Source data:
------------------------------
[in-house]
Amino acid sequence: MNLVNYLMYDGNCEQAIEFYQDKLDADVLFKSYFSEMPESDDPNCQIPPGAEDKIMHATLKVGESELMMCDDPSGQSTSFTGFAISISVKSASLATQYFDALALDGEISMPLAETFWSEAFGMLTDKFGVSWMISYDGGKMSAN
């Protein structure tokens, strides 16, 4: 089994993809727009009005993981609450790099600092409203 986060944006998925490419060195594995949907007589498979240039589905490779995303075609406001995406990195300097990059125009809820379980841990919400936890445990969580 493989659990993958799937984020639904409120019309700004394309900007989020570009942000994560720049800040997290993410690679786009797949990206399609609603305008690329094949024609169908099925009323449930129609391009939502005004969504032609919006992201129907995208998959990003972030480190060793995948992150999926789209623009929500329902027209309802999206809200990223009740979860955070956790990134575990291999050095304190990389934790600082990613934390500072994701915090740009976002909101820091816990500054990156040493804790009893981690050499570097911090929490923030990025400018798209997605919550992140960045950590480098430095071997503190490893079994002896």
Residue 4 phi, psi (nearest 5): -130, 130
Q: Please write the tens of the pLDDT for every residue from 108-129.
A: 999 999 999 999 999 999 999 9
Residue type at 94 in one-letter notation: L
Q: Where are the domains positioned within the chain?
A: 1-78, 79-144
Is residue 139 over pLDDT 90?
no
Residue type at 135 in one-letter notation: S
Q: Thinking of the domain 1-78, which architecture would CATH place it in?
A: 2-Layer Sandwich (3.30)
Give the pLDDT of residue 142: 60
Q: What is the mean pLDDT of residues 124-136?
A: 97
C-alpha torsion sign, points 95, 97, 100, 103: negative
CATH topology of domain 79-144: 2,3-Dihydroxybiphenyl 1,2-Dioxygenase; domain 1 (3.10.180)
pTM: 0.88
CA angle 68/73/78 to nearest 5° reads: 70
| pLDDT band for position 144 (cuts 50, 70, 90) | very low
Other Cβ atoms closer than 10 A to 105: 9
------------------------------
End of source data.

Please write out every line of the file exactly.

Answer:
[in-house]
Amino acid sequence: MNLVNYLMYDGNCEQAIEFYQDKLDADVLFKSYFSEMPESDDPNCQIPPGAEDKIMHATLKVGESELMMCDDPSGQSTSFTGFAISISVKSASLATQYFDALALDGEISMPLAETFWSEAFGMLTDKFGVSWMISYDGGKMSAN
């Protein structure tokens, strides 16, 4: 089994993809727009009005993981609450790099600092409203 986060944006998925490419060195594995949907007589498979240039589905490779995303075609406001995406990195300097990059125009809820379980841990919400936890445990969580 493989659990993958799937984020639904409120019309700004394309900007989020570009942000994560720049800040997290993410690679786009797949990206399609609603305008690329094949024609169908099925009323449930129609391009939502005004969504032609919006992201129907995208998959990003972030480190060793995948992150999926789209623009929500329902027209309802999206809200990223009740979860955070956790990134575990291999050095304190990389934790600082990613934390500072994701915090740009976002909101820091816990500054990156040493804790009893981690050499570097911090929490923030990025400018798209997605919550992140960045950590480098430095071997503190490893079994002896």
Residue 4 phi, psi (nearest 5): -130, 130
Q: Please write the tens of the pLDDT for every residue from 108-129.
A: 999 999 999 999 999 999 999 9
Residue type at 94 in one-letter notation: L
Q: Where are the domains positioned within the chain?
A: 1-78, 79-144
Is residue 139 over pLDDT 90?
no
Residue type at 135 in one-letter notation: S
Q: Thinking of the domain 1-78, which architecture would CATH place it in?
A: 2-Layer Sandwich (3.30)
Give the pLDDT of residue 142: 60
Q: What is the mean pLDDT of residues 124-136?
A: 97
C-alpha torsion sign, points 95, 97, 100, 103: negative
CATH topology of domain 79-144: 2,3-Dihydroxybiphenyl 1,2-Dioxygenase; domain 1 (3.10.180)
pTM: 0.88
CA angle 68/73/78 to nearest 5° reads: 70
| pLDDT band for position 144 (cuts 50, 70, 90) | very low
Other Cβ atoms closer than 10 A to 105: 9